Michael Tucker has created a new video about sound design and how the writers of A Quiet Place wrote sound into their original screenplay. Check out the video below, and be sure to follow Lessons from the Screenplay for more great videos.
Michael Tucker is the mastermind behind Lessons from the Screenplay, a YouTube channel where he breaks down story and character lessons from great screenplays. Michael has kindly allowed us to repost his awesome videos, so we're going to share one of our favorites today: Get Out -- A New Perspective in Horror. Check out the... Continue Reading →
Jeff Leisawitz, author of Not F*ing Around: The No Bullshit Guide for Getting Your Creative Dreams Off the Ground, recently interviewed the founder of LA Screenwriter, Angela Bourassa, about creativity as it relates to screenwriters. Check out the interview below. Hopefully it will answer some of your questions and inspire some creativity of your own.
by John Bucher (@johnkbucher) For good reason, writers in the early stages of their development are encouraged not to use voice over in their scripts. One of the key reasons even seasoned writers are weary of doing so is that it breaks the fourth wall between the audience and the performers. However, it’s undeniable that some of... Continue Reading →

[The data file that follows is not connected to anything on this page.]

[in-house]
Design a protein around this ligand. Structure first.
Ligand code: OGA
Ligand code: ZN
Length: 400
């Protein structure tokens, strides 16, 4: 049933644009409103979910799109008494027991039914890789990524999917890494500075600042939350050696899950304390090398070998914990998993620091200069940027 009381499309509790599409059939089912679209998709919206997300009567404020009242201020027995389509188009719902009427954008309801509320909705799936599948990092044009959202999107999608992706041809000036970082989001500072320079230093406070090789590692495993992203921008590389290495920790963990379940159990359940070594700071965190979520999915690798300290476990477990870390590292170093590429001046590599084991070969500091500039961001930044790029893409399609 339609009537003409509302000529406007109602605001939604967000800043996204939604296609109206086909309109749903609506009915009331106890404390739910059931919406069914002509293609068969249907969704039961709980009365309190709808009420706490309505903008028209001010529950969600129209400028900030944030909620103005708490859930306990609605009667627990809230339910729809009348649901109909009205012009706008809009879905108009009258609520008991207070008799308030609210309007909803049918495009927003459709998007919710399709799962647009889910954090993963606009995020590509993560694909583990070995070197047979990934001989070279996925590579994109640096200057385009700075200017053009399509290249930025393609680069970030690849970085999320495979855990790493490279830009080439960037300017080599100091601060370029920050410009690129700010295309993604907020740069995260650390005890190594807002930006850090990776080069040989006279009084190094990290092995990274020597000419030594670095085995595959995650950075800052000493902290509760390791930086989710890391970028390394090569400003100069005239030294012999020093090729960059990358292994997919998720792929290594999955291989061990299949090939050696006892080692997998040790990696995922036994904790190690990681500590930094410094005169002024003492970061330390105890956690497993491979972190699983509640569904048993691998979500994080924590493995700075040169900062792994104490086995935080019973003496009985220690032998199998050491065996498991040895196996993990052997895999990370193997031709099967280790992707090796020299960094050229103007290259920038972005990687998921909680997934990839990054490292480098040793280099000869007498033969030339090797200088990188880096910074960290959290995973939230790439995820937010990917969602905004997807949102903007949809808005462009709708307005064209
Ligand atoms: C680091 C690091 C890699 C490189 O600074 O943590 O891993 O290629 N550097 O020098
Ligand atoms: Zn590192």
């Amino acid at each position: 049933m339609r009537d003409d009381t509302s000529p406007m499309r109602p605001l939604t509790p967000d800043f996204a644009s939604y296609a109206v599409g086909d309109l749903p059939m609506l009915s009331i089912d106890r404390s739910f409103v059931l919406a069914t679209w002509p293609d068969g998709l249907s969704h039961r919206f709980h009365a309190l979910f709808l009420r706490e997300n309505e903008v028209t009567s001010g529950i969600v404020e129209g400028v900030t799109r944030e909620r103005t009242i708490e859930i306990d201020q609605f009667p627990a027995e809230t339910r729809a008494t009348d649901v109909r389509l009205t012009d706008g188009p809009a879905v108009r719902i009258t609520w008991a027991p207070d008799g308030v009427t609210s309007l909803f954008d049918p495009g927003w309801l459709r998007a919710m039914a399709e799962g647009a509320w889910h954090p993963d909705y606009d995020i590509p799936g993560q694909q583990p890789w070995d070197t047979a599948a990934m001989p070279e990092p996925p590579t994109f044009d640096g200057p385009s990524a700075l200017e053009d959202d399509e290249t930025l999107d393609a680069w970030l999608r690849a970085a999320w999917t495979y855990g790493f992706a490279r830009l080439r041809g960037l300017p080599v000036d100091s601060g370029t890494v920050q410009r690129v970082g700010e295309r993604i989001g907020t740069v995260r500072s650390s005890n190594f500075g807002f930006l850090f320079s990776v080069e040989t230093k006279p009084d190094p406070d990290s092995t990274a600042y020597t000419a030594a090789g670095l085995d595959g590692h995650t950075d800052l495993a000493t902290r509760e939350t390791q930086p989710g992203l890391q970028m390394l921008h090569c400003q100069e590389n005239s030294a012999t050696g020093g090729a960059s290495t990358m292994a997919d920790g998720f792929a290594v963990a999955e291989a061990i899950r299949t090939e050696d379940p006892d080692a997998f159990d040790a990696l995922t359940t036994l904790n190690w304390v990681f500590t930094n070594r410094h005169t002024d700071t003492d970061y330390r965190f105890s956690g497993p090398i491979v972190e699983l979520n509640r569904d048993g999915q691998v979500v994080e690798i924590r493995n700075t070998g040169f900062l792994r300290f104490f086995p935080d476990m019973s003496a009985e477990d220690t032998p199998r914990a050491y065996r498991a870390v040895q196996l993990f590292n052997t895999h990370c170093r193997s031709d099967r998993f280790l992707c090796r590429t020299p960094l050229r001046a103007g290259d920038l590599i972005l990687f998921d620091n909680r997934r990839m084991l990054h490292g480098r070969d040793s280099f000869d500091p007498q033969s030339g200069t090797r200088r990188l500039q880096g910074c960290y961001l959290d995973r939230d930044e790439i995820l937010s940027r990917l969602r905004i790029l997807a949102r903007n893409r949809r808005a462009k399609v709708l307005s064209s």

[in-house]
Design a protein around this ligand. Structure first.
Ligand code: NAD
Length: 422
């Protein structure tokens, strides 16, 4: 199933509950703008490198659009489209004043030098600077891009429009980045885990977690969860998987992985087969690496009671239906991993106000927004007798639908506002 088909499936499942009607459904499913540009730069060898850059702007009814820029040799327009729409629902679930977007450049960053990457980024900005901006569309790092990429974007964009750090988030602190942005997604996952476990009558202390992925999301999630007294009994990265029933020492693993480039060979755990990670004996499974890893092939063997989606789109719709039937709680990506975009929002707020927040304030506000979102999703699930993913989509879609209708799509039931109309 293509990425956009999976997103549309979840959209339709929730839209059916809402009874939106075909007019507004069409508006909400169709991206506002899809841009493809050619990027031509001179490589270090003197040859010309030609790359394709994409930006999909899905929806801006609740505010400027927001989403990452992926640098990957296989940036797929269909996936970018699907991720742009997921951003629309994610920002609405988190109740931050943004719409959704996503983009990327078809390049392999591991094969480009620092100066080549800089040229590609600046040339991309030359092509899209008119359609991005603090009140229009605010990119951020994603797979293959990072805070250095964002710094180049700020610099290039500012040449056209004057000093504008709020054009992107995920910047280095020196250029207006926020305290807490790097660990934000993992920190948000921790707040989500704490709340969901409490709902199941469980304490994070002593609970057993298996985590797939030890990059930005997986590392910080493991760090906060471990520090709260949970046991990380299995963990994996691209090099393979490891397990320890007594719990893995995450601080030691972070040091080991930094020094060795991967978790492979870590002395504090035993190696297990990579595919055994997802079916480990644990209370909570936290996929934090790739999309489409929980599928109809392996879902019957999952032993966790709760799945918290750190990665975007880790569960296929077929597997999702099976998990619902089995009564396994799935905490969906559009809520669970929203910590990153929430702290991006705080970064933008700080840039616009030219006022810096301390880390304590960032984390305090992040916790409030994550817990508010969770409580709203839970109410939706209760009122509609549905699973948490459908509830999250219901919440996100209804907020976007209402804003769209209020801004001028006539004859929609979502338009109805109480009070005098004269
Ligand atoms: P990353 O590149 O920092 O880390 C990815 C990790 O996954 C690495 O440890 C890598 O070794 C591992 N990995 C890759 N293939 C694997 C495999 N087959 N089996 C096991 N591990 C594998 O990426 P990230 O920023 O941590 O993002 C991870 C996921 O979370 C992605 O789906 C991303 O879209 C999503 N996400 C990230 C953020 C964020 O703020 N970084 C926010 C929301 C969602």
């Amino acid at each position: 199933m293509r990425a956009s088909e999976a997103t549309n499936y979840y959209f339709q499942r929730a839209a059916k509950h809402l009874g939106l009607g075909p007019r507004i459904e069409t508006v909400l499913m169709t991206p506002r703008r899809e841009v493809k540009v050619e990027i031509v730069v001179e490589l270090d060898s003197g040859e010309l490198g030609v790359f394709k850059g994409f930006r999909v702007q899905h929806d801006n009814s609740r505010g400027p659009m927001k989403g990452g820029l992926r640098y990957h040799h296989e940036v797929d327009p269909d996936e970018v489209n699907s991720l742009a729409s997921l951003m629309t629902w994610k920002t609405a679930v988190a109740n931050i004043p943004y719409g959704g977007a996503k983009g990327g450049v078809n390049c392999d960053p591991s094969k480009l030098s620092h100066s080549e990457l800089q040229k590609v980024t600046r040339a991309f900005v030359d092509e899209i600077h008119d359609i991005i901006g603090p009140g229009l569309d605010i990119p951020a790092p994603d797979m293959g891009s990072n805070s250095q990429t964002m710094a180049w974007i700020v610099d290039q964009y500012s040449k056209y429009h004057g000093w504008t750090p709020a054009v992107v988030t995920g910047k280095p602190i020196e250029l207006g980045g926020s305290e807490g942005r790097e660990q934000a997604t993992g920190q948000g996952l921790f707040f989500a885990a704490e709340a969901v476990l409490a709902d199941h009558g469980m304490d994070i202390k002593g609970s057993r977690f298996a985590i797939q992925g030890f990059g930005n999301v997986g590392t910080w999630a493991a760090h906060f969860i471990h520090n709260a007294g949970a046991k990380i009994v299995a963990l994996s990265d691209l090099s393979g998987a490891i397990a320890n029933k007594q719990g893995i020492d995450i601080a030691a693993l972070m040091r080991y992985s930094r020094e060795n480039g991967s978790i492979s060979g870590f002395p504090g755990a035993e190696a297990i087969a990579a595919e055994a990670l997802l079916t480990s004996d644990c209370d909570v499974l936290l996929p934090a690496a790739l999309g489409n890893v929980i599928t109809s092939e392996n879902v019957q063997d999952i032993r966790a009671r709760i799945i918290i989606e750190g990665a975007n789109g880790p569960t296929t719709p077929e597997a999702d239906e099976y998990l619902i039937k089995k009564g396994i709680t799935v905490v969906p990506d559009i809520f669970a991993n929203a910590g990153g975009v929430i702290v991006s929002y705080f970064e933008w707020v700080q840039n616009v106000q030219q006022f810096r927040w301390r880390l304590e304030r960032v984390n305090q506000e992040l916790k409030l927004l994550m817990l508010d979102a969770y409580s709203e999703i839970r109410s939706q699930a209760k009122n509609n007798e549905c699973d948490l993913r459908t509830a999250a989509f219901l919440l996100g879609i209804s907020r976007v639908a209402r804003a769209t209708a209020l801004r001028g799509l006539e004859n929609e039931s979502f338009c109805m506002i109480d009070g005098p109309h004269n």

A solid reminder for anyone who's working on a female character:
The Bluecat Screenplay Competition blog recently alerted me to this excellent TED Talk given by Phil Lord, the co-writer and co-director of 21 Jump Street and The Lego Movie. Phil gives a great speech on the process of writing and rewriting. And if you feel like binge watching TED Talks, our friends over at Screencraft have... Continue Reading →
This is an interesting clip of Quentin Tarantino trying to dissect his signature style of dialogue on Charlie Rose. Tarantino is always an interesting example, because he regularly has scenes where the action is compelling the story forward, but the dialogue has little or nothing to do with what's actually happening (consider the "Royale with... Continue Reading →
Tony Zhou put together this great video on how to add visual comedy to your film. Tony talks from the perspective of the director, but many of the things he talks about can be written directly onto the pages of the script (the bit about transitions in particular). Warning: this video will make you lose... Continue Reading →
This video featuring Michael Arndt -- screenwriter of Toy Story 3, Little Miss Sunshine, Oblivion, and The Hunger Games: Catching Fire -- gives a thorough breakdown of how to establish your main character and the story ahead in the first act of your screenplay. It's well worth watching (and taking notes!)
Ernst Lubitsch was a director in the golden age of cinema. He started directing films in Germany, then came to America during the peak of the silent era and directed some of the great classics of that time. He transitioned gracefully into the era of the talkie, but "the Lubitsch touch" has little to do... Continue Reading →